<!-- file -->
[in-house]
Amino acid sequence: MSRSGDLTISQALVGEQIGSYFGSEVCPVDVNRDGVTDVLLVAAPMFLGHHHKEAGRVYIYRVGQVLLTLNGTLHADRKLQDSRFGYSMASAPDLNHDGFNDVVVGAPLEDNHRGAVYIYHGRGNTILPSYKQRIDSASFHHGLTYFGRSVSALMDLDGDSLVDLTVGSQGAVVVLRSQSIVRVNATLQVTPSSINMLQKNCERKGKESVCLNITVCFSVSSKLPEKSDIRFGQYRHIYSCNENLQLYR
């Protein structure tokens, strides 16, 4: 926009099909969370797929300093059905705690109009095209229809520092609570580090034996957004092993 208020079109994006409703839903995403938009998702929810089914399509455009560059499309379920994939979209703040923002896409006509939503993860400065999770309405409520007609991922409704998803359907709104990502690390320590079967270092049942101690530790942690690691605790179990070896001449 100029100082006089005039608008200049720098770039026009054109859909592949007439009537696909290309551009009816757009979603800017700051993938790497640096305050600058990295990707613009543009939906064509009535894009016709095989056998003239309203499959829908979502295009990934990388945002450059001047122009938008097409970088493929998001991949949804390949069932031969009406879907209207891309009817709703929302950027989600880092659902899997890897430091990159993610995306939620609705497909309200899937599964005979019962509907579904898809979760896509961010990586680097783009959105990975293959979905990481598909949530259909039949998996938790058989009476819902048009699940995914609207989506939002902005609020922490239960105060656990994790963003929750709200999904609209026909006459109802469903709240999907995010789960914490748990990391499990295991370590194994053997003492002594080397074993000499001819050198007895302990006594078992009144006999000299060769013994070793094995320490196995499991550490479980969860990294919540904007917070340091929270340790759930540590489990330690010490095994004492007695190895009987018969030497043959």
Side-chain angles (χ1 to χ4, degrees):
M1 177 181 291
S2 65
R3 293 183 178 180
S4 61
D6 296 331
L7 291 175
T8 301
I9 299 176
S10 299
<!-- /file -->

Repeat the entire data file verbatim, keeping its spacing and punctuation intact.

[in-house]
Amino acid sequence: MSRSGDLTISQALVGEQIGSYFGSEVCPVDVNRDGVTDVLLVAAPMFLGHHHKEAGRVYIYRVGQVLLTLNGTLHADRKLQDSRFGYSMASAPDLNHDGFNDVVVGAPLEDNHRGAVYIYHGRGNTILPSYKQRIDSASFHHGLTYFGRSVSALMDLDGDSLVDLTVGSQGAVVVLRSQSIVRVNATLQVTPSSINMLQKNCERKGKESVCLNITVCFSVSSKLPEKSDIRFGQYRHIYSCNENLQLYR
């Protein structure tokens, strides 16, 4: 926009099909969370797929300093059905705690109009095209229809520092609570580090034996957004092993 208020079109994006409703839903995403938009998702929810089914399509455009560059499309379920994939979209703040923002896409006509939503993860400065999770309405409520007609991922409704998803359907709104990502690390320590079967270092049942101690530790942690690691605790179990070896001449 100029100082006089005039608008200049720098770039026009054109859909592949007439009537696909290309551009009816757009979603800017700051993938790497640096305050600058990295990707613009543009939906064509009535894009016709095989056998003239309203499959829908979502295009990934990388945002450059001047122009938008097409970088493929998001991949949804390949069932031969009406879907209207891309009817709703929302950027989600880092659902899997890897430091990159993610995306939620609705497909309200899937599964005979019962509907579904898809979760896509961010990586680097783009959105990975293959979905990481598909949530259909039949998996938790058989009476819902048009699940995914609207989506939002902005609020922490239960105060656990994790963003929750709200999904609209026909006459109802469903709240999907995010789960914490748990990391499990295991370590194994053997003492002594080397074993000499001819050198007895302990006594078992009144006999000299060769013994070793094995320490196995499991550490479980969860990294919540904007917070340091929270340790759930540590489990330690010490095994004492007695190895009987018969030497043959």
Side-chain angles (χ1 to χ4, degrees):
M1 177 181 291
S2 65
R3 293 183 178 180
S4 61
D6 296 331
L7 291 175
T8 301
I9 299 176
S10 299